Dedicated to Saint Eusebius, it dates from the 17th Century. Originally, there was only one nave. In 1645 and in 1653, two laterel chapels were built.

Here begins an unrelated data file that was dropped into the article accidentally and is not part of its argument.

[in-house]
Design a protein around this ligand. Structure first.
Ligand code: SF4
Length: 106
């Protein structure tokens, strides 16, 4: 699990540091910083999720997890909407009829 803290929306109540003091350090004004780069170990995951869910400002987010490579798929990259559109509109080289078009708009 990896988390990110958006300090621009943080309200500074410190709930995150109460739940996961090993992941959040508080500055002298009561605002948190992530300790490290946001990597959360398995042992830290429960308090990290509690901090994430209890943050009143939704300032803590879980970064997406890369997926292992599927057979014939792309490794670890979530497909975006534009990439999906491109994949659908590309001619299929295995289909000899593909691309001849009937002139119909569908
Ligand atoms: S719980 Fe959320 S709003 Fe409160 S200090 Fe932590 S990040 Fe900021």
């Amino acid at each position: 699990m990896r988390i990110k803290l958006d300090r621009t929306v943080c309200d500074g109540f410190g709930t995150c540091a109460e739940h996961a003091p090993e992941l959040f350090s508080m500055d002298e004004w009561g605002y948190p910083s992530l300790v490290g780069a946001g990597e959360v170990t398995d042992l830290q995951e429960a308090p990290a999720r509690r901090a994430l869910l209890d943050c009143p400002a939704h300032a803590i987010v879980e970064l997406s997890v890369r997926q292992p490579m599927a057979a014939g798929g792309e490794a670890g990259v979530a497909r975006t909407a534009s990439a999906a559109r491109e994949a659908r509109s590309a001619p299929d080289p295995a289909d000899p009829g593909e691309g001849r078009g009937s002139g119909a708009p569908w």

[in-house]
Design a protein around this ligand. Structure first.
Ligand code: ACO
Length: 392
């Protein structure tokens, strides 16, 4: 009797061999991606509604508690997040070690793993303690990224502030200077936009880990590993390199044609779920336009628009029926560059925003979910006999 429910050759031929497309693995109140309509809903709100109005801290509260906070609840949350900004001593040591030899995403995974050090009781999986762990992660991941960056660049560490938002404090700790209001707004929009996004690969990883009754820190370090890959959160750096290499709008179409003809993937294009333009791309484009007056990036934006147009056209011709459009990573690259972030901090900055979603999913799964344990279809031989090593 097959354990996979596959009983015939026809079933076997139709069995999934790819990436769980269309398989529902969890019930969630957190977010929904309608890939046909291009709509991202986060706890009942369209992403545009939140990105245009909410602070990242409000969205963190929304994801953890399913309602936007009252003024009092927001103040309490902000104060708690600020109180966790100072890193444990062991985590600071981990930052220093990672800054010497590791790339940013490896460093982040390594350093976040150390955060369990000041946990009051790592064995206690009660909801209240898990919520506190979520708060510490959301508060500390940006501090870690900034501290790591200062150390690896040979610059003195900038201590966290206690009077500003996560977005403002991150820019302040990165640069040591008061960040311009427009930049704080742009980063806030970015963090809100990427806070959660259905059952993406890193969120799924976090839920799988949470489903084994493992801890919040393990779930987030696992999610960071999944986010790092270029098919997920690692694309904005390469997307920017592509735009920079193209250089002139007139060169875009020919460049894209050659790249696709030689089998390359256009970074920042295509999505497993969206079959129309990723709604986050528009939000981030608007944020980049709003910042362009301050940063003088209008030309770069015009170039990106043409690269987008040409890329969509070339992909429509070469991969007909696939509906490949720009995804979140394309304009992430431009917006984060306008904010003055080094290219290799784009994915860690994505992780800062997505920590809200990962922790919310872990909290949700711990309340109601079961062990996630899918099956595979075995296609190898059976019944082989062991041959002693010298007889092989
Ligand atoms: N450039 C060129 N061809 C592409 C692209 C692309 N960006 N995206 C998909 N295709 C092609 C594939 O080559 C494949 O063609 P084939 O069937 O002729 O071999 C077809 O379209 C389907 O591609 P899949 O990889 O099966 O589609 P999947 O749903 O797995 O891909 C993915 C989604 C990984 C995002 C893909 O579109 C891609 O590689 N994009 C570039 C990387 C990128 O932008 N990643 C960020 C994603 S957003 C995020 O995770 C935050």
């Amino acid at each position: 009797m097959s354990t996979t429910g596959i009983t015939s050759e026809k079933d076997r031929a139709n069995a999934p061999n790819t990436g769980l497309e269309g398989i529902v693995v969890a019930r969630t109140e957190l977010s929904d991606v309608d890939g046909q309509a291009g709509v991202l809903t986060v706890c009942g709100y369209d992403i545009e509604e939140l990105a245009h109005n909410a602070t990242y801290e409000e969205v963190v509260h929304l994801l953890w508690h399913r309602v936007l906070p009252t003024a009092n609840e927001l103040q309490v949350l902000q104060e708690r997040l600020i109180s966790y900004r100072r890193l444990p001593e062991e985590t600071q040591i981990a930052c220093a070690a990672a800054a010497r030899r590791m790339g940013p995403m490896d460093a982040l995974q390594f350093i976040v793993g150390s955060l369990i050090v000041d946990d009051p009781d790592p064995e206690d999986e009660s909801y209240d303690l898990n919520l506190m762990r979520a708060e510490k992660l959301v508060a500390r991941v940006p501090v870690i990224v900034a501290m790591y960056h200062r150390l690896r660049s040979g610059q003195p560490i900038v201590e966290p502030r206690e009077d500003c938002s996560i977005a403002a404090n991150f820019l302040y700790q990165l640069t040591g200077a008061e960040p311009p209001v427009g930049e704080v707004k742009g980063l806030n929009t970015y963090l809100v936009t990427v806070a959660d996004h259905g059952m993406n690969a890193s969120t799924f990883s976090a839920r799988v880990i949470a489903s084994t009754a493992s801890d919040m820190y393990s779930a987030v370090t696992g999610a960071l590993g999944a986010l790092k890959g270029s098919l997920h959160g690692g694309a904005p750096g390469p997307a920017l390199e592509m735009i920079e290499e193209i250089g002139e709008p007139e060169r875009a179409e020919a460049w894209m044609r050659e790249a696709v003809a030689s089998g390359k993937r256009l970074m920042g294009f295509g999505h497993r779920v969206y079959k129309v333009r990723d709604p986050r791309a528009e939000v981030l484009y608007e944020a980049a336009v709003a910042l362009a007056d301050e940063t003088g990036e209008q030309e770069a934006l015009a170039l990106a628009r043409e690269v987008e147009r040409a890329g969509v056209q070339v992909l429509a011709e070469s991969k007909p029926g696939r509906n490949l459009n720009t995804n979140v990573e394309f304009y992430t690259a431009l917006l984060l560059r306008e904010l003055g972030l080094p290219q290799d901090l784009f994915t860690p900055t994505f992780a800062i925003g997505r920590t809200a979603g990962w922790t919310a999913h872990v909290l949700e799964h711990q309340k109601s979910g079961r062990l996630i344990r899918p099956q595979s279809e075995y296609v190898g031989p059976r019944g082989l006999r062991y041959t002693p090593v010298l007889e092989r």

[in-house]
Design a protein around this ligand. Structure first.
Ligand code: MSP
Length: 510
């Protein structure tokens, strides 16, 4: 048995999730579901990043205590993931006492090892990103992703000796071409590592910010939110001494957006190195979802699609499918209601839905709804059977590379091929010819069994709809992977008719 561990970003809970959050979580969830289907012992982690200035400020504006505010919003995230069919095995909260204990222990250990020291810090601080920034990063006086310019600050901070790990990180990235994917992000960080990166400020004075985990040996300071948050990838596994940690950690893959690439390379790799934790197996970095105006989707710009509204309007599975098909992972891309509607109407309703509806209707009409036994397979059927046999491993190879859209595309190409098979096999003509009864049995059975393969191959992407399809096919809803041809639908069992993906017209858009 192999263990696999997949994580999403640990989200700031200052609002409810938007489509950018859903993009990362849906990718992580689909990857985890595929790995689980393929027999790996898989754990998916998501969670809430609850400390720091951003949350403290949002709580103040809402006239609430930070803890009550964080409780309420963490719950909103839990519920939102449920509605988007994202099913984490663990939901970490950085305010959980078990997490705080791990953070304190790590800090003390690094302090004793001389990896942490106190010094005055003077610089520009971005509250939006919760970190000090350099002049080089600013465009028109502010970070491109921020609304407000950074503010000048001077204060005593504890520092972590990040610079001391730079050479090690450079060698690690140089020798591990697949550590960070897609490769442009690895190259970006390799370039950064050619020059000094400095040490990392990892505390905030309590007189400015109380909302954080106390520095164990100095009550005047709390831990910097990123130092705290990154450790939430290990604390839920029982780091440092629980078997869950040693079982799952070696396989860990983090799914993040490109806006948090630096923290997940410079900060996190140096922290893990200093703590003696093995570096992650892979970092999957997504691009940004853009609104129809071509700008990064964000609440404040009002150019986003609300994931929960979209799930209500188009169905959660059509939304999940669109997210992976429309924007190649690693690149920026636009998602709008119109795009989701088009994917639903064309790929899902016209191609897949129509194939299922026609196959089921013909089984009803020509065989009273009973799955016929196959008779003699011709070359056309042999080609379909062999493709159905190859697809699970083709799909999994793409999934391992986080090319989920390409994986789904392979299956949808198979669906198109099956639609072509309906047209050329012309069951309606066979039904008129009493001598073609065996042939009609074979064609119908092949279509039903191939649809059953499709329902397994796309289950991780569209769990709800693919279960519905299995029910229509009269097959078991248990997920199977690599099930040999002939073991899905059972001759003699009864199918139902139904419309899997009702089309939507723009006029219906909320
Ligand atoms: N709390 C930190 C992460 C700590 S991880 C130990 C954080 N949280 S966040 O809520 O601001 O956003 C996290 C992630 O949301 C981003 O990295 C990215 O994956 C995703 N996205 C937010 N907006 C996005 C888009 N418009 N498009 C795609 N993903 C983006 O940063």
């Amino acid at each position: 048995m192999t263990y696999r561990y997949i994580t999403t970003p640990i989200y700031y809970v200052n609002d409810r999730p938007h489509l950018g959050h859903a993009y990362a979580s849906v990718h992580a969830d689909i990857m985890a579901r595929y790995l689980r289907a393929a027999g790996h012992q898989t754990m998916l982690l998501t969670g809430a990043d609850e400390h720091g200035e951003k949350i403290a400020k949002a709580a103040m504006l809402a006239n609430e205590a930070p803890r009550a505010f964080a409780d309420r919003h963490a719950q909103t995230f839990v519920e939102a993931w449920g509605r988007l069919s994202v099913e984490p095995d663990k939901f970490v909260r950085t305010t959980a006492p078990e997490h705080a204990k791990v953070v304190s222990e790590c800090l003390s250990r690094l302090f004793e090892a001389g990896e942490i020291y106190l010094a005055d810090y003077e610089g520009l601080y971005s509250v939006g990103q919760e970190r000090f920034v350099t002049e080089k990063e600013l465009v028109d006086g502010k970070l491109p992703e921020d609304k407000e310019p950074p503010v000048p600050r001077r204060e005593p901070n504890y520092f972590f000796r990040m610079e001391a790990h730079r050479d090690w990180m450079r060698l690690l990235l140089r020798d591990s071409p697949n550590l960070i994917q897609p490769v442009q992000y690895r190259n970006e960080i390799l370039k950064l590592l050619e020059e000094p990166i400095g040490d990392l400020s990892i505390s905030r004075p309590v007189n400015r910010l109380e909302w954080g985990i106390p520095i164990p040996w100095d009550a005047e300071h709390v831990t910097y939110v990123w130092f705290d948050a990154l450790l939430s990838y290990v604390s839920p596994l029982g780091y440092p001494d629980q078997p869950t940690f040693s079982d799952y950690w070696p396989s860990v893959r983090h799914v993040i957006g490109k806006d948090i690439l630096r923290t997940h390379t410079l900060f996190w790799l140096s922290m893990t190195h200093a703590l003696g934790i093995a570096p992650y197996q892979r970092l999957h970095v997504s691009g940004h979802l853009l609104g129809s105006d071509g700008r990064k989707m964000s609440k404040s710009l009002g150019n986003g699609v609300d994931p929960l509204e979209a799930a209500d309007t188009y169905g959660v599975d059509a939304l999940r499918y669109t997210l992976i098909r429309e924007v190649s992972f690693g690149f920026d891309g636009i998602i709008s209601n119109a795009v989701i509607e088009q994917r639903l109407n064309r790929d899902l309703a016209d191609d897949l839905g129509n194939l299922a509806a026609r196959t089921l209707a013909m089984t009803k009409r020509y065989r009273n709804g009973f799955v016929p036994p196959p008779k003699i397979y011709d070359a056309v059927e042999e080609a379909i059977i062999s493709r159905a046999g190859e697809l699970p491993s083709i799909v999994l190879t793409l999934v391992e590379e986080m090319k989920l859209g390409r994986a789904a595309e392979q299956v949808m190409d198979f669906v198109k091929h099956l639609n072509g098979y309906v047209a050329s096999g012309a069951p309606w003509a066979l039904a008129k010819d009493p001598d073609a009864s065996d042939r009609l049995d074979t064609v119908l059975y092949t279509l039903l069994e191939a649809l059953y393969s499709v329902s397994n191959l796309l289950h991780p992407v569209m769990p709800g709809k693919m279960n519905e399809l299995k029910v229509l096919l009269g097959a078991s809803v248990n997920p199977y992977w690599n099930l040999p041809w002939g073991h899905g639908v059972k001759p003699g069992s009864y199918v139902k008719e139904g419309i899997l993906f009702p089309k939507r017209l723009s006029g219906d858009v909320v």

The front facade features a stoup from 1725, which is undoubtedly one of its reconstruction, or at least the end of it. Indeed, it seems like this was not its first location and that it was moved to be beyond the reach of frequent flooding of the Isère. The old church stood in the Granges neighbourhood. It remains on the rear facade of the building a former beam that may come from it. Perpendicularly oriented with the Isère, the church has a Baroque altarpiece from 1698, with remarkable carved and polychrome twisted columns. The square bell tower stands outside the North-work. It was demolished in 1793, partly during the revolutionary period and was raised from 4 meters in 1838. At the dawn of the 20th Century, in 1898, nine stained glass windows adorn the monument.